Keiko Fujimori and Peru face the shadows of Alberto Fujimori today in a tight election for the South American nation’s presidency. Keiko Fujimori faces former finance minister Pedro Pablo Kuczynski for Peru’s top post, the election coming at the end of a week rocked by demonstrations against the Fujimori legacy.
According to reports in Al Jazeera, Keiko Fujimori is running about even with her rival, Pedro Pablo Kuczynski. Occupying the center right in Peru’s political landscape, Pedro Pablo Kuczynski is a former Wall Street banker and economist as well as a former minister with political experience.
Keiko Fujimori, daughter of infamous ex-leader Alberto Fujimori, is awakening shadows of the past as Peru faces what observers are calling a tight election for the presidency. Alberto Fujimori, who led Peru as its president from July, 1990, to November, 2000, currently resides in a Peruvian jail, having been convicted of multiple charges that included corruption and ordering murder while in office.
The electorate seems divided on the meaning of Alberto Fujimori’s legacy and what it might mean for a Keiko Fujimori presidency in Peru. Some in Peru seem to be leery of trusting Keiko Fujimori. Others seem to feel that she will be the tough figure needed to take a stand against Peru’s high rate of violent crime.
Peru Protests Keiko Fujimori
As reported by IPS, while Keiko Fujimori has sought to distance herself from the authoritarian aspects of Alberto Fujimori’s rule, her campaign has been dogged by rumors of questionable financing from figures associated with her father’s regime – figures linked with drug trafficking and money laundering.
The months leading up to the election has been rocked by protests and demonstrations against Keiko Fujimori and the entire Alberto Fujimori legacy, culminating in three major demonstrations this past week. Marches and demonstrations have involved tens of thousands of people, including Veronika Mendoza, the leftist former third candidate for the presidency.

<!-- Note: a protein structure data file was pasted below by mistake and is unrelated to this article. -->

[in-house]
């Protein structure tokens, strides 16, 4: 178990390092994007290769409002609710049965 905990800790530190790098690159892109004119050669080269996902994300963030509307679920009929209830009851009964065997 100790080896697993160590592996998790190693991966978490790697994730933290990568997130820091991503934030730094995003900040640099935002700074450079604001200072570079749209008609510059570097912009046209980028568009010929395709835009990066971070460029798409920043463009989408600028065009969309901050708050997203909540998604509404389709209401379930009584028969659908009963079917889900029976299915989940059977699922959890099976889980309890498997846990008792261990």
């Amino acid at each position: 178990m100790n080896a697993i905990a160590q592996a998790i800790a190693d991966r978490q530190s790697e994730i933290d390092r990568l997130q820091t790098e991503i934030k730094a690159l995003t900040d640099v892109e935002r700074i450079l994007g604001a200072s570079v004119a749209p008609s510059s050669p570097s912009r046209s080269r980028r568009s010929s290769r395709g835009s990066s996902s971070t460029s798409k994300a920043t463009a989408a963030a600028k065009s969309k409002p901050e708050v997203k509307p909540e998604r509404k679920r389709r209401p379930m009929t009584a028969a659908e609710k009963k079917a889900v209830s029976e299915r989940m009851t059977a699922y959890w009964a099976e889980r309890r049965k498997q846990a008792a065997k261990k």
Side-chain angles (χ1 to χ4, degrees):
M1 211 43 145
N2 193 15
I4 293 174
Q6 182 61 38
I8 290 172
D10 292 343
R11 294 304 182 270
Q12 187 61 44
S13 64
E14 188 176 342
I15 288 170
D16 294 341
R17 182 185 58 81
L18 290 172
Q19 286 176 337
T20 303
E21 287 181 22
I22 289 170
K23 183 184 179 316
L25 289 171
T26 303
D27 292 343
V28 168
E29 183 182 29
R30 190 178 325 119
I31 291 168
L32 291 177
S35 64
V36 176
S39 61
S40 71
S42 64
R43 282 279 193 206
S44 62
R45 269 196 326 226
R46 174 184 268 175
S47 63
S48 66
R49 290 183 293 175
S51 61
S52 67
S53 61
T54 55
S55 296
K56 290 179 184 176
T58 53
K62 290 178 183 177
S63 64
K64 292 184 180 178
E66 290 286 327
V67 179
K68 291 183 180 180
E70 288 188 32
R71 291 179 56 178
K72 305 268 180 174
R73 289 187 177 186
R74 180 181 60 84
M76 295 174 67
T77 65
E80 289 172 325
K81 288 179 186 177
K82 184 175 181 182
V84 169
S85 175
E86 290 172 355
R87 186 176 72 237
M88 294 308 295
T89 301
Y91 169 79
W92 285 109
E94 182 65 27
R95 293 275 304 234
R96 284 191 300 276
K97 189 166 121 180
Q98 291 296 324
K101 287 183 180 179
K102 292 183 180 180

Many of the protesters have been women. During his presidency, Alberto Fujimori was accused of approving the mass sterilization of indigenous women — up to 300,000 – a charge that still resonates with many.
Peru: The Alberto Fujimori Legacy
Even as Alberto Fujimori languishes in prison, his legacy is Peru is still under debate. To many of Peru’s people, Alberto Fujimori was the strong figure that was needed to fight the terrorist violence that rocked the nation for two decades from 1980 to 2000. Marxist rebels committed acts of violence against what they saw as an authoritarian regime.
Alberto Fujimori was also known for his radical policies of free market reform that caused a great deal of social unrest. Two years after his election, Alberto Fujimori dissolved Peru’s congress and became its dictator.
Alberto Fujimori’s career ended with a bribery scandal, however, that led his fleeing to Japan, where his parents were born. After five years of exile, Alberto Fujimori flew to Chile with the intention of returning to Peru – and back to power as its president. Instead, he was arrested. After a two year extradition battle, he was finally convicted in 2007 on charges of abusing his power. In 2009, he was found guilty of authorizing death-squad killings and kidnappings.
Despite what progress was made, it was a regime that the Guardian calls a “network of corruption.” The courts ruled that Alberto Fujimori was the direct commander of the violent paramilitary groups who infamously terrorized many of Peru’s citizens while ostensibly hunting down members of the Maoist Shining Path, the country’s most visible terrorist group.
Despite his actions, Alberto Fujimori remained popular among many in Peru for a full decade before the tide of public opinion began to turn. The Guardian quotes figures posed by the late historian Alfonso Quiroz, who estimated that Alberto Fujimori’s corruption cost Peru between $1.5 billion and $4 billion.
Alberto Fujimori was convicted for his role in two separate attacks carried out by the same group of masked paramilitary fighters and sentenced to 25 years in prison.
Rojas Borda, 51, survived what was dubbed the Barrio Altos attack that saw her husband and 8-year-old son gunned down by the paramilitary forces. She has not forgiven Alberto Fujimori or his daughter, Keiko, as she told Guardian reporters.
“Keiko still has her father, her home is whole, her family is united. But in their thirst for power, they have never apologized.”
Keiko Fujimori And Pedro Pablo Kuczynski – A Race Too Close To Call
As reported in the L.A. Times, Keiko Fujimori was enjoying considerable lead in the election race just a week and a half ago.
Keiko Fujimori’s campaign for Peru’s presidency has focused on her youthful age of 41 and a tough talking policy against crime. However, Pedro Pablo Kuczynski has bridged the large gap in the final days leading up to today’s electoral race.
Many believe that the backing of Veronika Mendoza, the leftist member of Peru’s Congress who finished third in the first round of voting, is one of the factors that has helped Pedro Pablo Kuczynski’s campaign.
Keiko Fujimori previous ran for Peru’s presidency in 2011, when she was beaten in a similar runoff election. Most observers blame lingering feelings about Alberto Fujimori for her defeat at that time. Today’s election will prove whether Keiko Fujimori can get Peru’s voters to see the Fujimori name in a new light.
[Photo by Hulton Archive/Getty Images]